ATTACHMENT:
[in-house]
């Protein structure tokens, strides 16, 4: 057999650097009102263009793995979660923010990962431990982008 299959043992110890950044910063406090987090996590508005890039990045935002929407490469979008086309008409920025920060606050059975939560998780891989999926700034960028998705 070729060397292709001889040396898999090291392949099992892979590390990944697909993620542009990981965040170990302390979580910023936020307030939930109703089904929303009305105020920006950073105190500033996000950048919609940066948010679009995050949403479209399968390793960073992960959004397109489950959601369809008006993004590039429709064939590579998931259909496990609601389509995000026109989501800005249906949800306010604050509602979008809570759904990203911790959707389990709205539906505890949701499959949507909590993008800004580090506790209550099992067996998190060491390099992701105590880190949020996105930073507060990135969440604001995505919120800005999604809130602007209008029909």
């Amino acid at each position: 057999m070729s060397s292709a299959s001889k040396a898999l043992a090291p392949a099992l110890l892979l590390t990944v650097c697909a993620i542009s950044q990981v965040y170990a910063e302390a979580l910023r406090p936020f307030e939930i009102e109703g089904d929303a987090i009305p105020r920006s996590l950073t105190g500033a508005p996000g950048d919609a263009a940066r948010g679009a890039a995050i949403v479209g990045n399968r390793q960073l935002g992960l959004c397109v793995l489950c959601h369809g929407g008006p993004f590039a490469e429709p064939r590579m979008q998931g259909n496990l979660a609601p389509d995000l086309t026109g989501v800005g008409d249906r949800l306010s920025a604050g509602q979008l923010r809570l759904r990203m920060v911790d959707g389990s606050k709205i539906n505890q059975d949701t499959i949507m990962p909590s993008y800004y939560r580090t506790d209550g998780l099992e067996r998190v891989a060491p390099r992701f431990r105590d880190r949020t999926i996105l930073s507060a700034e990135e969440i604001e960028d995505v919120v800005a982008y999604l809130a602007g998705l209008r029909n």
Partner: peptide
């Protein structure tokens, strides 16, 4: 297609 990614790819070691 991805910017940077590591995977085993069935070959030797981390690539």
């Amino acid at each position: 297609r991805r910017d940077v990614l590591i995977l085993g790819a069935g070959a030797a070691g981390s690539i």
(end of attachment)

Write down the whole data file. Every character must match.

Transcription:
[in-house]
């Protein structure tokens, strides 16, 4: 057999650097009102263009793995979660923010990962431990982008 299959043992110890950044910063406090987090996590508005890039990045935002929407490469979008086309008409920025920060606050059975939560998780891989999926700034960028998705 070729060397292709001889040396898999090291392949099992892979590390990944697909993620542009990981965040170990302390979580910023936020307030939930109703089904929303009305105020920006950073105190500033996000950048919609940066948010679009995050949403479209399968390793960073992960959004397109489950959601369809008006993004590039429709064939590579998931259909496990609601389509995000026109989501800005249906949800306010604050509602979008809570759904990203911790959707389990709205539906505890949701499959949507909590993008800004580090506790209550099992067996998190060491390099992701105590880190949020996105930073507060990135969440604001995505919120800005999604809130602007209008029909």
């Amino acid at each position: 057999m070729s060397s292709a299959s001889k040396a898999l043992a090291p392949a099992l110890l892979l590390t990944v650097c697909a993620i542009s950044q990981v965040y170990a910063e302390a979580l910023r406090p936020f307030e939930i009102e109703g089904d929303a987090i009305p105020r920006s996590l950073t105190g500033a508005p996000g950048d919609a263009a940066r948010g679009a890039a995050i949403v479209g990045n399968r390793q960073l935002g992960l959004c397109v793995l489950c959601h369809g929407g008006p993004f590039a490469e429709p064939r590579m979008q998931g259909n496990l979660a609601p389509d995000l086309t026109g989501v800005g008409d249906r949800l306010s920025a604050g509602q979008l923010r809570l759904r990203m920060v911790d959707g389990s606050k709205i539906n505890q059975d949701t499959i949507m990962p909590s993008y800004y939560r580090t506790d209550g998780l099992e067996r998190v891989a060491p390099r992701f431990r105590d880190r949020t999926i996105l930073s507060a700034e990135e969440i604001e960028d995505v919120v800005a982008y999604l809130a602007g998705l209008r029909n």
Partner: peptide
């Protein structure tokens, strides 16, 4: 297609 990614790819070691 991805910017940077590591995977085993069935070959030797981390690539």
């Amino acid at each position: 297609r991805r910017d940077v990614l590591i995977l085993g790819a069935g070959a030797a070691g981390s690539i």